Electronic ISSN 2287-0237

VOLUME

INCREASING DEMAND FOR MSI TESTING AND PREVALENCE OF MSI-H CANCERS IN THAI PATIENTS: EXPERIENCE AT CHULALONGKORN GENEPRO CENTER

SEPTEMBER 2018 - VOL.14 | ORIGINAL ARTICLE
RATIONALE:

Loss of DNA mismatch repair function has long been known in various malignancies, particularly colorectal cancer. However, microsatellite instability (MSI) testing was rarely requested in Thailand. Recently, the US Food and Drug Administration (FDA) has approved pembrolizumab, an antibody to PD-1 receptor, as an alternative treatment for high MSI (MSI-H) and/or MMR (mismatch repair)-deficient solid tumors. We report our recent observation on MSI testing in Thailand.

MATERIALS AND METHODS:

Data was collected from Chulalongkorn GenePRO Center, Faculty of Medicine, Chulalongkorn University, during July 2013 and July 2017. MSI testing was performed, using 5 microsatellite markers (BAT-25, BAT-26, D2S123, D5S346 and D17S250). The number, source, and result of samples underwent MSI assay were analyzed.

RESULTS:

Requests for MSI testing have increased significantly in recent years. The shift started in 2015 when the MMR status was found to predict clinical benefit with the immune checkpoint blockade. There were 118 (75.2%) colorectal, 11 (7%) gastric, and 28 (17.8%) other cancers tested. MSI-H, MSI-L, and microsatellite stable (MSS) tumors were detected in 18 (11.5%), 11 (7%), and 128 (81.5%) patients, respectively. Of the 18 MSI-H cancers; 13 (72.2%), 4 (22.2%), and 1 (5.6%) were colorectal, gastric, and gynecologic malignancy, respectively. BAT25 and BAT26 markers were unstable in all MSI-H tumors.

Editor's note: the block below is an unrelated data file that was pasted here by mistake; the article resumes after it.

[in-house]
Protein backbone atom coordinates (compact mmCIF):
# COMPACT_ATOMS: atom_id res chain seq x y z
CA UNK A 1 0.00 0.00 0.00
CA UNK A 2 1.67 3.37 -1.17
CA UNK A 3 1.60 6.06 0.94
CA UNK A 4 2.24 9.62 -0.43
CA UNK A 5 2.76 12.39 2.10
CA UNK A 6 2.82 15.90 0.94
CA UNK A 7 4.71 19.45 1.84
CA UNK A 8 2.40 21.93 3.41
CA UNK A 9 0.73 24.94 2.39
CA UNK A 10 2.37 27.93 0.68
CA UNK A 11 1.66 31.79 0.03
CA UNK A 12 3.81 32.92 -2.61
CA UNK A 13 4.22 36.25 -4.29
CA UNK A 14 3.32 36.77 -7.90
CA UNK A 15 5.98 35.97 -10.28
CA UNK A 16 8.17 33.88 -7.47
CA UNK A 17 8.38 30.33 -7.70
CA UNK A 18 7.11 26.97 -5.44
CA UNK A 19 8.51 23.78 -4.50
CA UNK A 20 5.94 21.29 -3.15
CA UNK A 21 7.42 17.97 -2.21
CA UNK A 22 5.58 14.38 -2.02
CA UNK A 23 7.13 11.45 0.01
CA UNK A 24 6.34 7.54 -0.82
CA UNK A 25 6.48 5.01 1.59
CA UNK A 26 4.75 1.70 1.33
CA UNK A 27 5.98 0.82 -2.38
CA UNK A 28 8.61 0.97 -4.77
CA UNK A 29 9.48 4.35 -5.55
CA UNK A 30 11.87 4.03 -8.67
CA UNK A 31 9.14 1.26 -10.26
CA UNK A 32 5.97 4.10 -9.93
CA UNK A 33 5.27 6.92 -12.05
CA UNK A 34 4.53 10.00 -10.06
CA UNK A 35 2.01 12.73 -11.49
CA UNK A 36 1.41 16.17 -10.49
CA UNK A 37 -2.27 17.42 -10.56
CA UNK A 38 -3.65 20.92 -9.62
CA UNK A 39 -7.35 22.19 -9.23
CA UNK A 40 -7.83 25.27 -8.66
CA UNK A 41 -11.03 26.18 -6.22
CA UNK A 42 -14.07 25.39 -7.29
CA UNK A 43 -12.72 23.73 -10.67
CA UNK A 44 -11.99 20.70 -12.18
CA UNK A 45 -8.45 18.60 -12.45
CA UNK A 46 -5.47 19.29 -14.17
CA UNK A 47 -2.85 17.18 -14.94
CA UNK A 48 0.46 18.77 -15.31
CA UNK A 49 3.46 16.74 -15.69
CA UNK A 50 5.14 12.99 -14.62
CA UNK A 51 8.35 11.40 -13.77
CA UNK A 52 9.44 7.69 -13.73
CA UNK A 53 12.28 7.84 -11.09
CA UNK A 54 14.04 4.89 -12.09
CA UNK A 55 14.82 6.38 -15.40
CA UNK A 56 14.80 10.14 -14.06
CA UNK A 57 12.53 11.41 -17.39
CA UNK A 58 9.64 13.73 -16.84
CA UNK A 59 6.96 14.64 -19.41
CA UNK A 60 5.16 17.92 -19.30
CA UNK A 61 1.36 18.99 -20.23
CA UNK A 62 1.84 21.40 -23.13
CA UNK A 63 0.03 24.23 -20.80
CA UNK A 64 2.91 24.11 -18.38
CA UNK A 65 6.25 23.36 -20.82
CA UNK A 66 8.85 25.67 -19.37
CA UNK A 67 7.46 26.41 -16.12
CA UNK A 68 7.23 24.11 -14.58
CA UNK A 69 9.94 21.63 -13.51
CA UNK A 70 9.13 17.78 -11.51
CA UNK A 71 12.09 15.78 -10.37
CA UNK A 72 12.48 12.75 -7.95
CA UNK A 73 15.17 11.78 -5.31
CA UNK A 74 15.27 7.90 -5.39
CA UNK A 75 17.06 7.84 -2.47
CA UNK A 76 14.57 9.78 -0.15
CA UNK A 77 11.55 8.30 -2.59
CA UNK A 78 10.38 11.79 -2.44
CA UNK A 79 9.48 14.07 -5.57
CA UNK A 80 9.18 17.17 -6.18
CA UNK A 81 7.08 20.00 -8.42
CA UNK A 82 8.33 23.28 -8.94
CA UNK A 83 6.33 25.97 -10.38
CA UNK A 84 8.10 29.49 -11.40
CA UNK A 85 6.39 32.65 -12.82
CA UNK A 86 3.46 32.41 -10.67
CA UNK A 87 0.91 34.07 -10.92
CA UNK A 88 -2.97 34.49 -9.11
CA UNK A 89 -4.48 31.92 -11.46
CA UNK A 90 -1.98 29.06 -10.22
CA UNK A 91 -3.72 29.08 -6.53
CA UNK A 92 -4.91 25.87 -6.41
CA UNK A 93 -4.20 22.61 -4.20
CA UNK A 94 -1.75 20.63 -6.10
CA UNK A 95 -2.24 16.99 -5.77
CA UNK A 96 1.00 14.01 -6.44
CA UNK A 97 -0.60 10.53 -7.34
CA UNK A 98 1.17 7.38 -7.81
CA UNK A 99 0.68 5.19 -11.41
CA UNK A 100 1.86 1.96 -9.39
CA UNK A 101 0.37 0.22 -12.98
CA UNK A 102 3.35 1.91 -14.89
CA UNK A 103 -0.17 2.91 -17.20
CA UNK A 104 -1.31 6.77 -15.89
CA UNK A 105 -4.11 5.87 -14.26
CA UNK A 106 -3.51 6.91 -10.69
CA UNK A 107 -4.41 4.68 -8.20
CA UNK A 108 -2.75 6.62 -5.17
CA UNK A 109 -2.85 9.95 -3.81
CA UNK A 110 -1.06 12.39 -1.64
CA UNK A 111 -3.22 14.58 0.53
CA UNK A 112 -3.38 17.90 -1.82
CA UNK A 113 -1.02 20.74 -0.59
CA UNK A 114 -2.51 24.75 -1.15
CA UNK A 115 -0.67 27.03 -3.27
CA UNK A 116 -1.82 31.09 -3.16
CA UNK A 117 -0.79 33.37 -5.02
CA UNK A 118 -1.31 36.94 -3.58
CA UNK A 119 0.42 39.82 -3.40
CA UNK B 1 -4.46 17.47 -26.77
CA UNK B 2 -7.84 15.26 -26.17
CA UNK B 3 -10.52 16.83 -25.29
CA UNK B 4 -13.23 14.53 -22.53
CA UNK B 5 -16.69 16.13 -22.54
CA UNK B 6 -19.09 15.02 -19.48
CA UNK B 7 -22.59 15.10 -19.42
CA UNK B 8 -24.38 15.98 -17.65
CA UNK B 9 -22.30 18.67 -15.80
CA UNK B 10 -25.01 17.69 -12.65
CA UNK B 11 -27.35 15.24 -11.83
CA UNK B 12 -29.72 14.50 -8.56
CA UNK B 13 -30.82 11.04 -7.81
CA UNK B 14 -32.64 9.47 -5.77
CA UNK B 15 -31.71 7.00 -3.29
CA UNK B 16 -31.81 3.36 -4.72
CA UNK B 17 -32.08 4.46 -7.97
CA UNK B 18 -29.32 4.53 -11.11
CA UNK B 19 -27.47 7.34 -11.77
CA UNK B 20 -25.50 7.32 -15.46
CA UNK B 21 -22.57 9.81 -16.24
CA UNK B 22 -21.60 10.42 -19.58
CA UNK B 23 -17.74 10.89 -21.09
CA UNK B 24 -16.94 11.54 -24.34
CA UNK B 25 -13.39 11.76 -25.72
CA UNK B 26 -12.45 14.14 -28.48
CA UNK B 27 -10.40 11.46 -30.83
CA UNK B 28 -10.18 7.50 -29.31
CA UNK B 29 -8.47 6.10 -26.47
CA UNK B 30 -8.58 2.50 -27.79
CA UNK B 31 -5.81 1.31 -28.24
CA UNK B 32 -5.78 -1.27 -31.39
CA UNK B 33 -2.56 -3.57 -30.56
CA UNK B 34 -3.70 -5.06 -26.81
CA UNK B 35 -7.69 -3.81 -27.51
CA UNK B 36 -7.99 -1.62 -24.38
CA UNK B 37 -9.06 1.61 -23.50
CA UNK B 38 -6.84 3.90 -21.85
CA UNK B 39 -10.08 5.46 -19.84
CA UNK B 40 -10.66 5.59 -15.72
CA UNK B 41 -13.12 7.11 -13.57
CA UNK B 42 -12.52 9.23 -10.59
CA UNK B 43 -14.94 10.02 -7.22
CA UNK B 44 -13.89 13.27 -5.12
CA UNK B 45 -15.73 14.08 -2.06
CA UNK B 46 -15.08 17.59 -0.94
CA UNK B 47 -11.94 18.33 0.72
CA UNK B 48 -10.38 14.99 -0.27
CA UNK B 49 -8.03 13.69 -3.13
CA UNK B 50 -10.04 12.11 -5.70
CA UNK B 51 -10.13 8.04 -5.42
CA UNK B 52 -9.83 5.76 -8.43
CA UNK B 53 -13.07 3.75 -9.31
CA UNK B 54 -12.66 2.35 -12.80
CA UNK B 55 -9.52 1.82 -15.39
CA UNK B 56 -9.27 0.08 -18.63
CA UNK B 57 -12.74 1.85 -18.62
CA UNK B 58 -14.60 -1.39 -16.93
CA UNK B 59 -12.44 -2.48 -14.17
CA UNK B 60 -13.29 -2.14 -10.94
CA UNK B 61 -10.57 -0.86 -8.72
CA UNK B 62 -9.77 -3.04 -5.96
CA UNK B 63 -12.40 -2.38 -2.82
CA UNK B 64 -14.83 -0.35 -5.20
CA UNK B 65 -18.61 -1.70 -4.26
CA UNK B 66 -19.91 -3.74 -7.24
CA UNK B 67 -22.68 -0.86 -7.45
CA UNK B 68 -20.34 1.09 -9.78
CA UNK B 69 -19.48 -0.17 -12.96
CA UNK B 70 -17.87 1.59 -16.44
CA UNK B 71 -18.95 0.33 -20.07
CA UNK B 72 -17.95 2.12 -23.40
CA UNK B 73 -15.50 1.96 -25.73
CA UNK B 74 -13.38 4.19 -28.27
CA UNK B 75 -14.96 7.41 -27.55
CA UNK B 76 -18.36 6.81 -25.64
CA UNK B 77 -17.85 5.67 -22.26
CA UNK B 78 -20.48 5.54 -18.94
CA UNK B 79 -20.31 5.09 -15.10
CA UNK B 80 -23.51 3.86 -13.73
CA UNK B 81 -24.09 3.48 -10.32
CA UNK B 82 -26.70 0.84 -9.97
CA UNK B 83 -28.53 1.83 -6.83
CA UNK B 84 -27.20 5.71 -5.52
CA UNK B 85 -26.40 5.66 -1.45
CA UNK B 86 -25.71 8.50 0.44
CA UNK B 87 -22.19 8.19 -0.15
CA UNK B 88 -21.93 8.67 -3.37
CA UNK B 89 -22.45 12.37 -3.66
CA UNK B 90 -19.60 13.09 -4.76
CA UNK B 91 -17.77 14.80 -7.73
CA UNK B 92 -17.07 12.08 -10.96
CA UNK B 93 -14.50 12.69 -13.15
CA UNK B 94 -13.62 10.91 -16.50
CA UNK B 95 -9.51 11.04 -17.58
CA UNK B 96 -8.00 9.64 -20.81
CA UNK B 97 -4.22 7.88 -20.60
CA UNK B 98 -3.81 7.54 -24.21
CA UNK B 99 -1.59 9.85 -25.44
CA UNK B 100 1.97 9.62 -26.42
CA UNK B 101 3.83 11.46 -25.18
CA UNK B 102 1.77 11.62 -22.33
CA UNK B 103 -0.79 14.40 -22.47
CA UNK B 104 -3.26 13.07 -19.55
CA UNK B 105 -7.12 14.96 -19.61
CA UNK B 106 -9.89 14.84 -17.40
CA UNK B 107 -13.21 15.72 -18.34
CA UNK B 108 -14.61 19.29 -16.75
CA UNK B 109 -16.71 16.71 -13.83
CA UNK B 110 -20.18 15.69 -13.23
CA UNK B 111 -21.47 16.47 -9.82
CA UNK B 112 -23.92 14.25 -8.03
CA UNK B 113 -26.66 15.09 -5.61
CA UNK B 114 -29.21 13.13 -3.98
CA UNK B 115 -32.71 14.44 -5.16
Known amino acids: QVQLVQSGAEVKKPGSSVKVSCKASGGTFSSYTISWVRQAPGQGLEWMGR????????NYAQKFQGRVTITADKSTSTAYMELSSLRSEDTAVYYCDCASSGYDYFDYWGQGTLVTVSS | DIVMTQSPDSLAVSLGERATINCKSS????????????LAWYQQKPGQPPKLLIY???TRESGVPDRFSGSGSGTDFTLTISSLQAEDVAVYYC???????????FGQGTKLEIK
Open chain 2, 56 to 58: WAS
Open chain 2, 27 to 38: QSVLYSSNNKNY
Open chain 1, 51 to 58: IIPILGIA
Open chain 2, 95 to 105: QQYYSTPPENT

CONCLUSION:

We have experienced increasing demand for MSI testing in Thai patients at Chulalongkorn GenePRO Center. Colorectal cancers were most frequently tested, and accounted for the highest percentage among the MSI-H cancers.

Keywords:

microsatellite instability, mismatch repair, immunotherapy, cancers

Address Correspondence to author:

Chinachote Teerapakpinyo, PhD

Chulalongkorn GenePRO Center,Faculty of Medicine, Chulalongkorn University 1873, Rama 4 Rd., Pathumwan, Bangkok 10330, Thailand.

email: Chinachote.T@chula.ac.th

Received: May 28, 2018

Revision received: June 1, 2018

Accepted after revision: July 17, 2018

BKK Med J 2018;14(2): 1-5.

DOI: 10.31524/bkkmedj.2018.09.001

MEDIA
Table 1: Characteristics of patients related to the samples used in this study (n = 157)
Figure 1: Trend of MSI testing at King Chulalongkorn Memorial Hospital and private hospitals.
Figure 2: Representative fragment analysis of 5 microsatellite loci are shown (A-E), all demonstrating microsatellite instability (N = normal DNA, and T = tumor DNA).
Table 2: Frequency of cancer locations in MSI-L and MSI-H subgroups
Table 3: Instability of each microsatellite marker in 10 MSI-L and 17 MSI-H tumors
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